Separate names with a comma.
Discussion in 'Archived Threads 2001-2004' started by Cameron_Peck, Sep 28, 2002.
How can I determine what the crossover frequency is for a set of Infinity speakers that I have?
With out a speaker testing system like Clio the only way I know is to actually look at the componet values and calculate the x-over.
Would I need to disassemble the crossover to do this?
Only to see the values of the componets, you would also need to know the inpedence of each driver. Why do you want to know the cross over point?
I want to do a bi-amping experiment. I want to bi-amp one speaker and leave the other one alone. That way I can hear the benefits and/or the pitfalls for myself. If I like the result I am going to incorporate bi-amping into the Audax Home Theater system I am planning to build.
Wow, you might consider geting a Clio lite or something like that, you will need to analyse the speaker system to set up the bi-amping anyway. There is a difference between book crossovers and the real world. I have a clio, I was upgrading my car stereo with a sub woofer and decided that I should bass block the speakers, the "book" method you add a 200 mF cap to the speakers. I had one of the speakers out and ran some quick tests on it then repeated the tests with the 200mF cap installed --- well it cut the bass in the 400 Hz range and boosted it in the 100 Hz range This was because of the impedence curve of the driver affected the cap and the response. Needless to say I didn't install the caps. So without any accurate measuring system its going to be real hard to design the crosovers, most likely the active x-overs will need different x-over points than the passive ones. Just my 2 cents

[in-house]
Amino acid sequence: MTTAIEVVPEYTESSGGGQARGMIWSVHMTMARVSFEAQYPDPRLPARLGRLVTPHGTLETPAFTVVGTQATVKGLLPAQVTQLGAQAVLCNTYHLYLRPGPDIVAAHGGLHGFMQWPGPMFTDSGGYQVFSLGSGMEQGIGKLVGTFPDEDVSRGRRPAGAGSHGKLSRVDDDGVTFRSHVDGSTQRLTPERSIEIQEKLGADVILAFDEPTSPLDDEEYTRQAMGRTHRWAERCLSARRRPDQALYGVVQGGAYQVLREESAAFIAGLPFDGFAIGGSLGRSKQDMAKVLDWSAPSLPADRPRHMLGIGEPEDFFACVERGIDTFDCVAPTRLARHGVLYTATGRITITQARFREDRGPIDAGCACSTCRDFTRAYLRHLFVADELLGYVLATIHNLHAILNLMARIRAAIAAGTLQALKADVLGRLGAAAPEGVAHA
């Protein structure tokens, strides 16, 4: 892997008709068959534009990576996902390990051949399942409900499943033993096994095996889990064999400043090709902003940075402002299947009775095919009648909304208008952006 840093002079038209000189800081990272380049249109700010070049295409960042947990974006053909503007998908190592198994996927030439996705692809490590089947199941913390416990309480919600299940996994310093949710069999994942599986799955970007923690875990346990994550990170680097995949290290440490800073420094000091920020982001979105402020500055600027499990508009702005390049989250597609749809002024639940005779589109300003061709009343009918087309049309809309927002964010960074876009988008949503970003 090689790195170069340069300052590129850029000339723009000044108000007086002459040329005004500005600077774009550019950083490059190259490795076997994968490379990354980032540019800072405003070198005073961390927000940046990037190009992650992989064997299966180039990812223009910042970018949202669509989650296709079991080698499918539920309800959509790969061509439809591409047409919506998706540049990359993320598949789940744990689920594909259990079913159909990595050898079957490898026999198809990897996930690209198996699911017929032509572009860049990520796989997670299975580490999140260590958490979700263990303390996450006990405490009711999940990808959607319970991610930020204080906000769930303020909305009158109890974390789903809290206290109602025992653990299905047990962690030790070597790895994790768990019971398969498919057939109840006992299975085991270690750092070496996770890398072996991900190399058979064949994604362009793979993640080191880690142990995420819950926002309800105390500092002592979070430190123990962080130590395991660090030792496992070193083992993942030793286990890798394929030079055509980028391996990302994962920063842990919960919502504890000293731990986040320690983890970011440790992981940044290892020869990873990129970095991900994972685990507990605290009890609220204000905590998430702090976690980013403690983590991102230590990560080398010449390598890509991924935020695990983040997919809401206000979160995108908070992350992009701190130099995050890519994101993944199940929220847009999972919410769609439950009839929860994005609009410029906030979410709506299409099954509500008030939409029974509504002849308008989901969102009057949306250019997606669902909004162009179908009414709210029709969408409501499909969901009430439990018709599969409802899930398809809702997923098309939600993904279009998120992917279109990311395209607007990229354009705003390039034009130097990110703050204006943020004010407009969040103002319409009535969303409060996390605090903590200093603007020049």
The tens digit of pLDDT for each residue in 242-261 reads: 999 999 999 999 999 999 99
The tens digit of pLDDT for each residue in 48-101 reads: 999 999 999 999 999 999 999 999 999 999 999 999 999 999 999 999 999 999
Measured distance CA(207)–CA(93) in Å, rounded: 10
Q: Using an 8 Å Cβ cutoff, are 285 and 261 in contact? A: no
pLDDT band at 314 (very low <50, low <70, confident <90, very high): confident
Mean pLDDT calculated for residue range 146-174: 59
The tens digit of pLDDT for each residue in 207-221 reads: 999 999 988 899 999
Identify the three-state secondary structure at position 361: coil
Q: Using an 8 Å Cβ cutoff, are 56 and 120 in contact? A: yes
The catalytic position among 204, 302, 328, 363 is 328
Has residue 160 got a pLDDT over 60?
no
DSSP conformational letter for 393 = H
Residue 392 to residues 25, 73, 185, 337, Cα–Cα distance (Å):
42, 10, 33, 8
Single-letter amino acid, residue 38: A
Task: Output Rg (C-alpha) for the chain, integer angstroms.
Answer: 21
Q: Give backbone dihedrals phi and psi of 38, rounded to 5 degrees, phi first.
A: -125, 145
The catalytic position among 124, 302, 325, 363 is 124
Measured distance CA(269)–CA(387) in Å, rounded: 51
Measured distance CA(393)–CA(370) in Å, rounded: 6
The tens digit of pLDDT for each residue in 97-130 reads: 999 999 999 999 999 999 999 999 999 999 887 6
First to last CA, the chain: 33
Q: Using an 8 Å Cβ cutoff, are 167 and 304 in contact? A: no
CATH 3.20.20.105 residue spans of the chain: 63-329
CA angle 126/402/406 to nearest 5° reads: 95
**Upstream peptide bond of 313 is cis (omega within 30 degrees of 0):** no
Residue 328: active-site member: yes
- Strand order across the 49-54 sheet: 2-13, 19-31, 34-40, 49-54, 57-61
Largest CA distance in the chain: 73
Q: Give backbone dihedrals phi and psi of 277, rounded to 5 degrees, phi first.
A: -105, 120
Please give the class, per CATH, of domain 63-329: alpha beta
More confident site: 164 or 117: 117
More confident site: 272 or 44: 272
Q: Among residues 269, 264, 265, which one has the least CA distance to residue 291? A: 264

Wouldn't the manual, sspecs or Infinity be able to tell you? Steve
If you meant you wanted to try biamping with active crossovers, it can be done, but the end result might not sound as good as the stock passive crossovers. Passive filters are optimized with the speaker's complex impedance in mind. So using the calculated crossover frequency of the passive components will yield a totally different acoustic output from your speakers -- as active crossovers do not see and are not affected by the speaker's complex impedance. An active filter's transfer function reflects textbook response whereas the transfer function of a complex impedance-loaded passive filter looks "equalized."
You could still biamp using a Y-Cable to feed the two amps with a channel's signal. Biamp-ready speakers usually come with removable speaker terminal metal strips; remember to remove them prior to firing up the two amps. If your speakers come with series type passive filters, there really is no way of biamping them without completely replacing the series filter with parallel type passive filters, which need to be designed with the acoustical and electrical measurement of each driver unit in mind.
hope this helps
As simple as that sounds I hadn’t thought of it. I do not have the manuals and they are not listed on the web sight. They are about 14 years old. I did however send them an e-mail asking the question. Thanks for your help.
Thanks Isaac. That had crossed my mind, but in a much more vague way. Do you know if there are any software programs out there to help design active crossovers? I know that passive crossovers are much more popular and there are many good crossover programs to help. But I can see so many positives to bi-amping.